ARTICLE 1. It is agreed that the following shall be the provisional boundary between the lands of the United States and those of the said Indians: The Ouisconsin river, from its mouth to its nearest approach to the Blue Mounds; thence southerly, passing east of the said mounds, to the head of that branch of the Pocatolaka creek which runs near the Spotted Arm's village; thence with the said branch to the main forks of Pocatolaka creek; thence southeasterly, to the ridge dividing the Winebago country from that of the Potawatamie, Chippewa, and Ottawa tribes; thence southerly, with the said ridge, to the line running from Chicago to the Mississippi, near Rock Island. And it is fully understood, that the United States may freely occupy the country between these boundaries and the Mississippi river, until a treaty shall be held with the Indians for its cession; which treaty, it is presumed, will be held in the year 1829. But it is expressly understood and agreed, that if any white persons shall cross the line herein described, and pass into the Indian country, for the purpose of mining, or for any other purpose whatever, the Indians shall not interfere with nor molest such persons, but that the proper measures for their removal shall be referred to the President of the United States. In the mean time, however, it is agreed, that any just compensation to which the Indians may be entitled for any injuries committed by white persons on the Indian side of the said line, shall be paid to the said Indians at the time such treaty may be held-It is also agreed by the Indians that a ferry may be established established over over the Rock River, where the Fort Clark road crosses the same; and, also, a ferry over the same river at the crossing of the Lewiston road.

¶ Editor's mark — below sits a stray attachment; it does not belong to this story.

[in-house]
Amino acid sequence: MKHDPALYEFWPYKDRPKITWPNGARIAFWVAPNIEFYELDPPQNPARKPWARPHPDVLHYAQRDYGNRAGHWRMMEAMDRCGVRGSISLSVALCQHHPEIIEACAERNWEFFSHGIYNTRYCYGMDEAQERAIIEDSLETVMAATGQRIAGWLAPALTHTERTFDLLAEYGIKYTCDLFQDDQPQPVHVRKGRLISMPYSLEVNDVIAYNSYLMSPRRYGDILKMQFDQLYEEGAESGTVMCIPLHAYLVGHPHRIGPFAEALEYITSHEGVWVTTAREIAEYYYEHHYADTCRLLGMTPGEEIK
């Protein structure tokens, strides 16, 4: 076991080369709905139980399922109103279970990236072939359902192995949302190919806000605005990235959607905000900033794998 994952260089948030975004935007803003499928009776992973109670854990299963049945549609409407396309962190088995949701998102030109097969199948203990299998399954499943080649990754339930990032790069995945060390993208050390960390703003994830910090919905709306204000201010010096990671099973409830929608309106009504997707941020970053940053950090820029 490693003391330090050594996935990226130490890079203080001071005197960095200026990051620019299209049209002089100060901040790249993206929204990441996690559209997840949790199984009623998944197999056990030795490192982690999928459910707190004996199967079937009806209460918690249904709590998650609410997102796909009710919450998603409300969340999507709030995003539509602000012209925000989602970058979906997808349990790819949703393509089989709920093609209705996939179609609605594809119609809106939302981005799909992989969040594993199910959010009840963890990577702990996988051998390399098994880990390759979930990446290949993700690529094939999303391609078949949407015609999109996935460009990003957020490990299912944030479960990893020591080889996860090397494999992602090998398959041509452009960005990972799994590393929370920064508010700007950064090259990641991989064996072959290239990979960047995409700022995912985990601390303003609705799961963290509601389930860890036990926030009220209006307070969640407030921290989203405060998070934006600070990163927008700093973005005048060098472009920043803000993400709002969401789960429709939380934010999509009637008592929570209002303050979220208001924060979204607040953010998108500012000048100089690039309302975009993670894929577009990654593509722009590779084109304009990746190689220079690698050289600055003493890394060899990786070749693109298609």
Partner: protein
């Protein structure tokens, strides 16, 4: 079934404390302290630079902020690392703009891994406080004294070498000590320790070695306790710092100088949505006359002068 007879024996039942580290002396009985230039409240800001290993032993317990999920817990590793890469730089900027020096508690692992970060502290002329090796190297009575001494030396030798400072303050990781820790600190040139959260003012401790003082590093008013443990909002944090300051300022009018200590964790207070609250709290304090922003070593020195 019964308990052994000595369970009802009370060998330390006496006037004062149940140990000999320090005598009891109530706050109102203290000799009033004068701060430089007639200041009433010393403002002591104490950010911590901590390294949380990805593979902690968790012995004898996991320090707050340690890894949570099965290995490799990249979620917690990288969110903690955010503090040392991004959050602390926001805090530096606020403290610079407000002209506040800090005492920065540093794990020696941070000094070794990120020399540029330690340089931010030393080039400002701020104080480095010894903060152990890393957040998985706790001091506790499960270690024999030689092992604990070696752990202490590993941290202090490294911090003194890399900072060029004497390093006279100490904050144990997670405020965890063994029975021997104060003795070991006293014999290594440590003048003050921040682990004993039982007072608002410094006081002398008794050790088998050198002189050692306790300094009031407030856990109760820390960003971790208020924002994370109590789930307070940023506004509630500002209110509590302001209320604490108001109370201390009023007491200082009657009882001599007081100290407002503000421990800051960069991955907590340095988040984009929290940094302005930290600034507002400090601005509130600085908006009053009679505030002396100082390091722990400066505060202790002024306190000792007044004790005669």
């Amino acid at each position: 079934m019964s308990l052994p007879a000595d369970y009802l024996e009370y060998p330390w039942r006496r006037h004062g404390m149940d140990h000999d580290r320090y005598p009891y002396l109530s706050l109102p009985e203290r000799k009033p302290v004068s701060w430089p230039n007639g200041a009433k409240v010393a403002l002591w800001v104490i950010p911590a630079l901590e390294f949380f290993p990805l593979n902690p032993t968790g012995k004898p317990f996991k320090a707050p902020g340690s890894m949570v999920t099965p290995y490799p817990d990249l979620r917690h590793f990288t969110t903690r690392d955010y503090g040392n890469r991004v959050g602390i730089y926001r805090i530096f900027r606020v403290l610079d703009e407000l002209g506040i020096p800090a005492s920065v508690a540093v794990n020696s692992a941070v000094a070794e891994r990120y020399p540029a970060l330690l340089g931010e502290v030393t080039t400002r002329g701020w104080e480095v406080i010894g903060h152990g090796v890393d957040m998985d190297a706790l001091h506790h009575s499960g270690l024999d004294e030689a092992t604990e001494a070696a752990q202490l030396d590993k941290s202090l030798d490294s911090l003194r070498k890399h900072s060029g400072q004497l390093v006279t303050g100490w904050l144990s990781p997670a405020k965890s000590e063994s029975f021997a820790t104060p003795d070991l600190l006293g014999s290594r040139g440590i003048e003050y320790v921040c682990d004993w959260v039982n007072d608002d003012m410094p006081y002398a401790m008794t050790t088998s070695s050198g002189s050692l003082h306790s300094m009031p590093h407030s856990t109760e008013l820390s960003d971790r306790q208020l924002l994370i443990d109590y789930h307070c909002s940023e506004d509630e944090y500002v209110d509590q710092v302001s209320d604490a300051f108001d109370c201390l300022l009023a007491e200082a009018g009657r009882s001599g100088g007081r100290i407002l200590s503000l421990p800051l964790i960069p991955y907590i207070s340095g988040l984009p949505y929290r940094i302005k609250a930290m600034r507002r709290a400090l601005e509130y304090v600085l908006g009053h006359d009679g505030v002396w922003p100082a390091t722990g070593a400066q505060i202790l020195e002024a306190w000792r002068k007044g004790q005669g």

Ferries to be
Payment to Indians for tres
passes on their mines, &c.